Microsoft, POI and odd distinctions

In the run-up to the ISO vote on the controversial OOXML specification, Microsoft – OOXML’s creator – announced that they would be funding development of the open source Java API to access Microsoft Office formats Apache POI to support the new standard. Information Week reported on this announcement, and made the following statement:

For patented protocols, Microsoft said it would offer licenses on “reasonable and non-discriminatory terms.” Open source developers can access the protocols for free for noncommercial use without fear of lawsuits, Microsoft said.

Now, as we mentioned a week ago Microsoft accompanied their submission of the OOXML standard to the OSI with an ‘Open Specification Promise‘ in the following words:

Microsoft irrevocably promises not to assert any Microsoft Necessary Claims against you for making, using, selling, offering for sale, importing or distributing any implementation to the extent it conforms to a Covered Specification (“Covered Implementation”), subject to the following. This is a personal promise directly from Microsoft to you, and you acknowledge as a condition of benefiting from it that no Microsoft rights are received from suppliers, distributors, or otherwise in connection with this promise. If you file, maintain or voluntarily participate in a patent infringement lawsuit against a Microsoft implementation of such Covered Specification, then this personal promise does not apply with respect to any Covered Implementation of the same Covered Specification made or used by you. To clarify, “Microsoft Necessary Claims” are those claims of Microsoft-owned or Microsoft-controlled patents that are necessary to implement only the required portions of the Covered Specification that are described in detail and not merely referenced in such Specification. “Covered Specifications” are listed below.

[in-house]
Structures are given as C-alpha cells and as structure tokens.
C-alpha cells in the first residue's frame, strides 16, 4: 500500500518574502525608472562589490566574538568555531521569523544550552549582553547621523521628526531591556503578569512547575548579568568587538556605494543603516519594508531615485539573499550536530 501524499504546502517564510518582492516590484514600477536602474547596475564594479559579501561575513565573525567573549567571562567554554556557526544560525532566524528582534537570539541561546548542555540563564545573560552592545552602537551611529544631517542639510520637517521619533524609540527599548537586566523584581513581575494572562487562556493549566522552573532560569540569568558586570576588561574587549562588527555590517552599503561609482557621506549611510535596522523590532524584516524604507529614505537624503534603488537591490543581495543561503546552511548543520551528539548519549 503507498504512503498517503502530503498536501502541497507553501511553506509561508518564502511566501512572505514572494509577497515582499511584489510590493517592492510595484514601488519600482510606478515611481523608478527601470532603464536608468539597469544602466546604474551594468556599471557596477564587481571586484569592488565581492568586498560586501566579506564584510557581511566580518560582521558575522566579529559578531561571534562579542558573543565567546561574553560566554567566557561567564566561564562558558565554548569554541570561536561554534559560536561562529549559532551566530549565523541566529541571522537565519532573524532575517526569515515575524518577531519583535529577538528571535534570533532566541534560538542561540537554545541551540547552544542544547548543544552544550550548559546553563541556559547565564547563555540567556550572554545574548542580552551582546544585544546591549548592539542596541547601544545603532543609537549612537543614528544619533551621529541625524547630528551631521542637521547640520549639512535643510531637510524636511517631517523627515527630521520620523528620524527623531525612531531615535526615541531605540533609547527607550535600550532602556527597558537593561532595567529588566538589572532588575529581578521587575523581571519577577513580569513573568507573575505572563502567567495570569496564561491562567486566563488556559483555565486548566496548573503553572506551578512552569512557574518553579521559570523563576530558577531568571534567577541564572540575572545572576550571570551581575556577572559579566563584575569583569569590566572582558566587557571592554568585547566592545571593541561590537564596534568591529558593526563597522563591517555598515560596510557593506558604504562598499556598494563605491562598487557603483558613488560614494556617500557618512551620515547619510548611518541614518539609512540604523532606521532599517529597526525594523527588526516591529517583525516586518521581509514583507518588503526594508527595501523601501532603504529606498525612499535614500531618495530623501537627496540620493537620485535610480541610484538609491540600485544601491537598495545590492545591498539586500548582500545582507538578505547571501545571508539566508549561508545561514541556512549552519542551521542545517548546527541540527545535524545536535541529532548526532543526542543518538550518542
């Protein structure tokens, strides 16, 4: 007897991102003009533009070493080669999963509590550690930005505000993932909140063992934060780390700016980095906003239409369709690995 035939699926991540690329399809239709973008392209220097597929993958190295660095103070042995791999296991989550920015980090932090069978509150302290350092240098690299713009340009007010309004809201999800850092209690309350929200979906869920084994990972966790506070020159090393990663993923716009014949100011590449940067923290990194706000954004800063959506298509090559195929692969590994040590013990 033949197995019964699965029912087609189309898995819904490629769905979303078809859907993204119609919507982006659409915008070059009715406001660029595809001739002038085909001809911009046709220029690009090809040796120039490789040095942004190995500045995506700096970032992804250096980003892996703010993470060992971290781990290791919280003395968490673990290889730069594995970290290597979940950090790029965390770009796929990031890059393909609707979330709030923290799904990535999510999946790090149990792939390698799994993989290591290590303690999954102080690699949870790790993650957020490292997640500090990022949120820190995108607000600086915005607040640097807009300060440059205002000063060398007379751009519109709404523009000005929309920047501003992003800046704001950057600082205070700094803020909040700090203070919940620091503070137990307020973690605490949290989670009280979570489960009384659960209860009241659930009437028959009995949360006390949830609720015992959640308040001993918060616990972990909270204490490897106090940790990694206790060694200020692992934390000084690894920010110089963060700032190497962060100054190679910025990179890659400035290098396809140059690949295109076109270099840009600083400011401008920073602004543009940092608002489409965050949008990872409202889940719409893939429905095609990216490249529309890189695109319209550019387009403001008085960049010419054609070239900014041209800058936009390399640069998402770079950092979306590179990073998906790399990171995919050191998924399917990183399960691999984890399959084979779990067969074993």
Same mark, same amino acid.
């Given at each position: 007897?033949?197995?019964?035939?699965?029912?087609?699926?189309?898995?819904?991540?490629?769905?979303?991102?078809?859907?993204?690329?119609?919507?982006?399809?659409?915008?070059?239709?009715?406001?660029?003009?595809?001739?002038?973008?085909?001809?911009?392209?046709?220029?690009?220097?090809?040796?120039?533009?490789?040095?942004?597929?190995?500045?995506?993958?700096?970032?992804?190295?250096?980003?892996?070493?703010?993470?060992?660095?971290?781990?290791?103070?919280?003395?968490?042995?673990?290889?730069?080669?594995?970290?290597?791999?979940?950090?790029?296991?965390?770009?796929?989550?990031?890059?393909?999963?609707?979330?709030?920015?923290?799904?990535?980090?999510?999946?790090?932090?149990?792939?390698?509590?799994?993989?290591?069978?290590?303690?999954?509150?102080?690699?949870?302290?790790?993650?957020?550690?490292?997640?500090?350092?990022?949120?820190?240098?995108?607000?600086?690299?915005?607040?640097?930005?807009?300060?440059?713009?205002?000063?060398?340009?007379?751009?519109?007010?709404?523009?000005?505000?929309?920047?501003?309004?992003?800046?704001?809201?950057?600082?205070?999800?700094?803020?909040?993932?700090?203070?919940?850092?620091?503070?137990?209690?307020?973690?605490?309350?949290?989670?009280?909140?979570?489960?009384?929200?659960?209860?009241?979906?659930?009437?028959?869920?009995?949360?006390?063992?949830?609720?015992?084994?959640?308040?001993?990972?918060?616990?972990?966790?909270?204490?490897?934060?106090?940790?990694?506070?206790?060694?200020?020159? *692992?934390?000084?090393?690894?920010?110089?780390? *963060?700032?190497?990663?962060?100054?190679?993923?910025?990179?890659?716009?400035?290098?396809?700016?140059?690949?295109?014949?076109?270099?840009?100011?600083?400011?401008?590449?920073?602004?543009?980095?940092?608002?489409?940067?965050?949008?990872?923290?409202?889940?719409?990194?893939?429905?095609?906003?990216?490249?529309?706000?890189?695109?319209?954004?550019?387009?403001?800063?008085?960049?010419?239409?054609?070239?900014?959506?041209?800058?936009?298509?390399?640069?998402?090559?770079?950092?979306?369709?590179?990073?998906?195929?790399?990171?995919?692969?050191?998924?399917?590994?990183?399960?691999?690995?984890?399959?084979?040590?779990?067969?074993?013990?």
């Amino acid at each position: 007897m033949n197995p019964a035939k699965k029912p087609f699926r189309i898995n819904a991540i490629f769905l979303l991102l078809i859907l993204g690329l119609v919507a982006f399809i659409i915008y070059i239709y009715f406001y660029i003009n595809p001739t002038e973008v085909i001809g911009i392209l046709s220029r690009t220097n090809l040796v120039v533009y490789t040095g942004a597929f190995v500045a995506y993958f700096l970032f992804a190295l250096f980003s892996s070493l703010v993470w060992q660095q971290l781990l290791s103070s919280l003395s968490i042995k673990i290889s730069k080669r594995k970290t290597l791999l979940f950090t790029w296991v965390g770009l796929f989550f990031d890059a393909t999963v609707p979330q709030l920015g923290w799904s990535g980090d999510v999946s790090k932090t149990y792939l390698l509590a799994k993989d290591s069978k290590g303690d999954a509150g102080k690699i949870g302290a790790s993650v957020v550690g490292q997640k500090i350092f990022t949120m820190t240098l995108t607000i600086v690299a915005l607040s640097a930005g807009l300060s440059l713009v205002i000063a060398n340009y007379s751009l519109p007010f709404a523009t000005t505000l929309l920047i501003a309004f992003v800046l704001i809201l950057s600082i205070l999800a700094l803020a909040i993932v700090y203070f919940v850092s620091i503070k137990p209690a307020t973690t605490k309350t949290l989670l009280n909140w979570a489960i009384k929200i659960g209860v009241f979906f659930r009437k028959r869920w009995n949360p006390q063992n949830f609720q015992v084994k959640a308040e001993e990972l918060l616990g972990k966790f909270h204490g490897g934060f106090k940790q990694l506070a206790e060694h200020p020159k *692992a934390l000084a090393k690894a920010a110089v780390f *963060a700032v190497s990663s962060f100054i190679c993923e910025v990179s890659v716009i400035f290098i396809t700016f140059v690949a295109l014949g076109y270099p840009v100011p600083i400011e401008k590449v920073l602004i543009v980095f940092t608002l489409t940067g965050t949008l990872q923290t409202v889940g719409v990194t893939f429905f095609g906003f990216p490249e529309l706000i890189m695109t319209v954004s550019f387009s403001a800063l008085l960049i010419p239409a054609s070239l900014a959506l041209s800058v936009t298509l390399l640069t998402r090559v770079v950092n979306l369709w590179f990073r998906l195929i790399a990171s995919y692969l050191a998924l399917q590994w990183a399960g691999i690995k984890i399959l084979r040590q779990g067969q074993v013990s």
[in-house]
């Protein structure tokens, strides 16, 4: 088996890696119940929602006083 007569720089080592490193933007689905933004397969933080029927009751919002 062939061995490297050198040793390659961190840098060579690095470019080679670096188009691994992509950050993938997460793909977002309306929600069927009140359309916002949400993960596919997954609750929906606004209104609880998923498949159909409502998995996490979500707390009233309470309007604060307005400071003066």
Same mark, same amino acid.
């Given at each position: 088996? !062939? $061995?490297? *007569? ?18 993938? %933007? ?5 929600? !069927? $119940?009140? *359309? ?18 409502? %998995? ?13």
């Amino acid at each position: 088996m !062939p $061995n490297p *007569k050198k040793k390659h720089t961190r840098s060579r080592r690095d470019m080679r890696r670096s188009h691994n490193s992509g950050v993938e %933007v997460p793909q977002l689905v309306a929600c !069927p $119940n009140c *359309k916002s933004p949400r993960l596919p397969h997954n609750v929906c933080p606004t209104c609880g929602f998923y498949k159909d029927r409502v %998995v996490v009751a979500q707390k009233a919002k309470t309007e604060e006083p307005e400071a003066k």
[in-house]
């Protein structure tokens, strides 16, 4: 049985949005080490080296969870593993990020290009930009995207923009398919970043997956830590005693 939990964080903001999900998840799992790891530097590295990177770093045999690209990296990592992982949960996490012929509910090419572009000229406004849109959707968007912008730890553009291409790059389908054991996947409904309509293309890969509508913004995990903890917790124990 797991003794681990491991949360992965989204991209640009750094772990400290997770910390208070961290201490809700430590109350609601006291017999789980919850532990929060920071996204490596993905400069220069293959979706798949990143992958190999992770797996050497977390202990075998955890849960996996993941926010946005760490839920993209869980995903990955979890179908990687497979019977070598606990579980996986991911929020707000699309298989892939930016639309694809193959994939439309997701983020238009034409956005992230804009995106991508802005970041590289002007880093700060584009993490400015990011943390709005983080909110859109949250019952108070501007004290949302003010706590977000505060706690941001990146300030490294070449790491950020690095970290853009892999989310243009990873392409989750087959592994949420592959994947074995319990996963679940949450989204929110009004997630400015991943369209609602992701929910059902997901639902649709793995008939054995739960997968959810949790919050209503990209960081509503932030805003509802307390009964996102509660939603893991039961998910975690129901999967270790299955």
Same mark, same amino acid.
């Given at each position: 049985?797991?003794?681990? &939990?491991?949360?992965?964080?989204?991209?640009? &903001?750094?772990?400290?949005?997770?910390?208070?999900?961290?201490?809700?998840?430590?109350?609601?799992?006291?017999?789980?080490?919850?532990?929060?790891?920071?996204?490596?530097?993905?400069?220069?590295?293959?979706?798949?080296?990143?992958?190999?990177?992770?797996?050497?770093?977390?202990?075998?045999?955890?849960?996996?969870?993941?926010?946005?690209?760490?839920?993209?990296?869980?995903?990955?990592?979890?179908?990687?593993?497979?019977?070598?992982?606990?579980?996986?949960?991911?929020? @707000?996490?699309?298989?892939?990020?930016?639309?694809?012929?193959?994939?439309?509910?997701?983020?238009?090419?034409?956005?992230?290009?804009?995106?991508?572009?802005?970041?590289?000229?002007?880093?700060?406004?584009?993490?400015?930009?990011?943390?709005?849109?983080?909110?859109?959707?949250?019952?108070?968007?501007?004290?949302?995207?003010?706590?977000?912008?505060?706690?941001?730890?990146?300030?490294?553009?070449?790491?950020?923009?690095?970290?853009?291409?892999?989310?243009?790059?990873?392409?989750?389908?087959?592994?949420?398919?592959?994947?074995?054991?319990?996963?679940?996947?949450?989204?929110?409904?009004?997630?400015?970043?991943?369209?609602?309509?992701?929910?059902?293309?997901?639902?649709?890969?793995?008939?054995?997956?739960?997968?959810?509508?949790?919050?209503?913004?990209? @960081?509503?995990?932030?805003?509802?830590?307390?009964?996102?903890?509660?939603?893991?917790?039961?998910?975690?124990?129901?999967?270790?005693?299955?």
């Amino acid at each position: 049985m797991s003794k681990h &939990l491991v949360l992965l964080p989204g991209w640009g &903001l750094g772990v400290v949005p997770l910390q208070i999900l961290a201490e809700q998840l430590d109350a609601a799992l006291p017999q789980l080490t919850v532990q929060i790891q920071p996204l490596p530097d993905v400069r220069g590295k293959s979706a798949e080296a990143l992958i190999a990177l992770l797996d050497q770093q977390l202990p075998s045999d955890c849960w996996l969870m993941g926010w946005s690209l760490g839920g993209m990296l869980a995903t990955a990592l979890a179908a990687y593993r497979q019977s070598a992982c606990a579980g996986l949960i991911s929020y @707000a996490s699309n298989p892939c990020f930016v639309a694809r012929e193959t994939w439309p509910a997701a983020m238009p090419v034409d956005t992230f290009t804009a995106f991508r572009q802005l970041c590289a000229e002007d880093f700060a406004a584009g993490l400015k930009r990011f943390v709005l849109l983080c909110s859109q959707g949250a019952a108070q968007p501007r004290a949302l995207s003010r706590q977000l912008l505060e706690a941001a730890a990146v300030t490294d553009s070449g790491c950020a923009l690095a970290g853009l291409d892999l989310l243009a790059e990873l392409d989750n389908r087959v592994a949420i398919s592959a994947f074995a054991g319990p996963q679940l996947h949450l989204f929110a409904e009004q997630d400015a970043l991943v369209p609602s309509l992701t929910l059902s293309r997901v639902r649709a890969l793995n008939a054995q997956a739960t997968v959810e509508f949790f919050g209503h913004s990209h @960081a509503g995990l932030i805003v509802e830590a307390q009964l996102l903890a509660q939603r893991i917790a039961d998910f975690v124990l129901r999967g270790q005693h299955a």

This promise is not an assurance either (i) that any of Microsoft’s issued patent claims covers a Covered Implementation or are enforceable or (ii) that a Covered Implementation would not infringe patents or other intellectual property rights of any third party. No other rights except those expressly stated in this promise shall be deemed granted, waived or received by implication, exhaustion, estoppel, or otherwise.

This would seem to be a blanket promise (or covenant) to avoid taking patent infringement action against anyone implementing the current OOXML standard or using such an implementation – for example Sourcesense and the users of POI who will be receiving their Microsoft-sponsored OOXML code. There is no mention of a different deal for commercial use of open source implementations, as the Information Week story seemed to imply. Does this discrepancy matter? Well it has certainly caused anger and confusion among some in the free and open source community. Michael Tiemann President of the Open Source Initiative (OSI) and Vice President of Open Source Affairs at Red Hat Inc. quickly responded to the article with a blog post on the OSI site entitled ‘Microsoft’s new weapon against open source: stupidity‘. In it, Tiemann laments the unquestioning attitude of the media in reporting Microsoft’s seemingly discriminatory attitude to open source as cosy non-discriminatory affection. Trouble also kicked off on the Apache developer mailing list for POI, with a quotation of the Information Week article and a call for the Sourcesense code to be rejected from the project as it was ‘encumbered’ by Microsoft’s seeming insistence that patent licenses must be obtained for commercial use.